On Thursday, President Obama is expected to sign the Jumpstart Our Business Startups (JOBS) Act, which is designed to make crowdfunding a legal option. Both the U.S. Senate and the House of Representatives resoundingly approved the JOBS Act, which had broad bipartisan support. As the name implies, the JOBS Act is intended to create jobs by facilitating the initiation and growth of entrepreneurial companies.
One of the notable provisions of the JOBS Act is that it allows non-accredited investors to make limited investments in startups raising $1 million or less through approved portals. Under current law, an issuer can raise funds from an unlimited number of accredited investors, but is limited to 35 non-accredited investors. Examples of accredited investors include banks, insurance companies, and individuals with a net worth of $1 million or more.
Another significant change for growth companies is the elimination of the rule that requires issuers with more than 500 shareholders to register as a public company with the Securities Exchange Commission (SEC). Finally, the JOBS Act permits advertising and general solicitation of investments.
Early-stage technology companies are most likely to benefit from the new legislation. Currently start-ups typically rely on investments from friends and family, or perhaps angel investors. The new rules will certainly loosen restrictions by, among other things, permitting the start-up to obtain investments from non-accredited investors and advertise the investment opportunity.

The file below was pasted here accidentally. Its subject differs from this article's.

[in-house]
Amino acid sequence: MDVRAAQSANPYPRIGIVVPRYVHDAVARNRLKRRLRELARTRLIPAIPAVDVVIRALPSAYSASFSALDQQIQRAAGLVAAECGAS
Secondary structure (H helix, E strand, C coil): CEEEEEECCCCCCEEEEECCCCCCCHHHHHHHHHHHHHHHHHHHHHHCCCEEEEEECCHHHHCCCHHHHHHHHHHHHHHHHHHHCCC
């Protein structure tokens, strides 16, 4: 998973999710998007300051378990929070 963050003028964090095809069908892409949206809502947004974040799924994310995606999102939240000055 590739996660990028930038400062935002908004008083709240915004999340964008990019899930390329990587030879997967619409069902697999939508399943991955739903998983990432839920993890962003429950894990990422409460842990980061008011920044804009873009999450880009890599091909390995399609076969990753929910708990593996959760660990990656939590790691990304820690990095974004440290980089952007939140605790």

Many early-stage companies, particularly software companies, don’t need that much capital, at least to get started. Institutional investors, and even angels, may not be interested if the business is too early or the opportunity is too small. It will be somewhat easier to raise a small amount like $50,000 to $100,000 by virtue of the crowdfunding now facilitated by the JOBS Act. The issuer can advertise, and can accept small investments from a large number of non-accredited investors.
Many detractors have expressed concern that crowdfunding will lead to fraud and abuse, creating a “boiler room” environment. The final legislation does include some investor protections. Any company using crowdfunding methods must file basic information with the SEC concerning directors, officers and large shareholders, a description of its business and financial condition and, depending on the size of the offering, reviewed or audited financial information. Certain intermediaries involved in crowdfunding must register with the SEC, make sure investors are advised of the risks, and take measures to prevent fraud. Anti-fraud provisions of securities laws will remain in place as well, and the SEC will provide regulations under the Act prior to its effective date. At the end of the day, an increase in fraud may be the price that society has to pay for greater liquidity and job creation.
After a successful capital-raise through crowdfunding, the issuer may face unexpected negative consequences. For example, a company with a large number of investors will bear additional administrative costs, and venture capitalists and other institutional investors may be reluctant to invest in an early-stage company with such a large shareholder base.
It will be interesting to see how this works out. I expect that some of my smaller law clients will seek advice as to the new crowdfunding provisions and whether this type of offering is right for them. It is also possible that one of my companies may explore the use of crowdfunding for its own fundraising. At the TAG Summit there was a lot of excitement about the JOBS Act and talk of companies vying to be the first to launch an offering in Georgia. In any event, this legislation represents a welcome change from the previous trend towards increasing regulation that has had the effect of limiting access to capital markets and decreasing liquidity.